A Danish biotechnology company on Tuesday launched a new enzyme which it said will make it possible to turn agricultural waste into biofuel at a competitive price.
The breakthrough will allow the biofuel industry to produce cellulosic ethanol for less than two US dollars per gallon (around 37 euro cents per litre), Novozymes said in a statement.
This cost would put the fuel on a par with petrol and conventional ethanol, the company said.
Novozymes said the new enzyme, known as Cellic CTec2, breaks down cellulose in agricultural waste into sugars that can be fermented into ethanol, and could convert corn cobs and stalks, wheat straw and woodchips into fuel.
"We have been working on this for the past 10 years and promised our customers and the market to be ready by 2010," Novozymes' chief executive Steen Riisgaard said in a statement.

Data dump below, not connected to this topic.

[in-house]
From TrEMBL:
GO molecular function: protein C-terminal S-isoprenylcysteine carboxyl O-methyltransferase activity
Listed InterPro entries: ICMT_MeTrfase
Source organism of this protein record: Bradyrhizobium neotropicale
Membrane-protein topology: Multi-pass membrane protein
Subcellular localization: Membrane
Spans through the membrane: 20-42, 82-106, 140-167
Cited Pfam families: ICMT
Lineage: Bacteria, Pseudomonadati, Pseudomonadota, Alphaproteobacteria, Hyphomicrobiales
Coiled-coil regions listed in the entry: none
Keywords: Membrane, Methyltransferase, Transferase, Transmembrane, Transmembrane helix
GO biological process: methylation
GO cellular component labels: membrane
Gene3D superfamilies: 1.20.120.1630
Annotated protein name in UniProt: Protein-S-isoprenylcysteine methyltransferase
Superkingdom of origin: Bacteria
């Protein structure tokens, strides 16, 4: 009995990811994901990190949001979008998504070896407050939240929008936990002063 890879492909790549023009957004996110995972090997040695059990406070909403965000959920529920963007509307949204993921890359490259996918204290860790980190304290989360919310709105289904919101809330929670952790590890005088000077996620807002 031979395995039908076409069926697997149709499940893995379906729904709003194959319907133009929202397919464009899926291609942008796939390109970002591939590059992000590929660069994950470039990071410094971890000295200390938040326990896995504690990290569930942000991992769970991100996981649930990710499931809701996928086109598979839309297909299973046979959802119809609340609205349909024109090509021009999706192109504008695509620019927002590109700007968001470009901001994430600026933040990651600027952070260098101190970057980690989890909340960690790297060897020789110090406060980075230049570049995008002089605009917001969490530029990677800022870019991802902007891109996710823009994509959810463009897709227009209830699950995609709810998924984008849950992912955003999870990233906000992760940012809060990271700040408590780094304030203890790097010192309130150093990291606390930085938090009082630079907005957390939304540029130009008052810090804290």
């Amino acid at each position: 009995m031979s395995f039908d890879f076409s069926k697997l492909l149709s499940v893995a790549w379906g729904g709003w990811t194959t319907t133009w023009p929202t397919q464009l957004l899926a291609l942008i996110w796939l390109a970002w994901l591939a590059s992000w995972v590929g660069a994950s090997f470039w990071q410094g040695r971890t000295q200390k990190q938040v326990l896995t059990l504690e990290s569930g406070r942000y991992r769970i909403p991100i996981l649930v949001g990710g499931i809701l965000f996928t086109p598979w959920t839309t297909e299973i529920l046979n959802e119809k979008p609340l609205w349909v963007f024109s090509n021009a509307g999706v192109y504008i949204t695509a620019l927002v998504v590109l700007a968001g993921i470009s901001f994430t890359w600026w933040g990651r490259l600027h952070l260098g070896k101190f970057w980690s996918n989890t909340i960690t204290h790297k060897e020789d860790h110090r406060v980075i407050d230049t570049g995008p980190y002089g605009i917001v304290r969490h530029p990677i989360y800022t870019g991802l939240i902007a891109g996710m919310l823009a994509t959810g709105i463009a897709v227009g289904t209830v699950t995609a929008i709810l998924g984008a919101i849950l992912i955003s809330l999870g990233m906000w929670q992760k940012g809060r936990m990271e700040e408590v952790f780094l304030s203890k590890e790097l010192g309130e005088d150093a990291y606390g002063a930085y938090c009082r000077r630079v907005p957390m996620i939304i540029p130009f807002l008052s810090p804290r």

Riisgaard said he expected cellulosic ethanol to become even cheaper over time.
"Our partners expect production costs to fall below two dollars per gallon once their first commercial-scale plants are fully operational, and the cost will continue to drop in the future," he said in the statement.
Tuesday's announcement prompted Novozymes' share price to rise 4.8 percent on the Danish stock market, to stand at 567 Danish kroner (76.2 euros, 104 dollars).
Novozymes said the new enzyme was developed with the help of 29.3 million dollars from the US Department of Energy.
Large-scale commercial production of cellulosic ethanol is scheduled to start in 2011, and the company said the industry could create 1.2 million jobs in the United States alone by 2022.
Explore further: Can we turn unwanted carbon dioxide into electricity?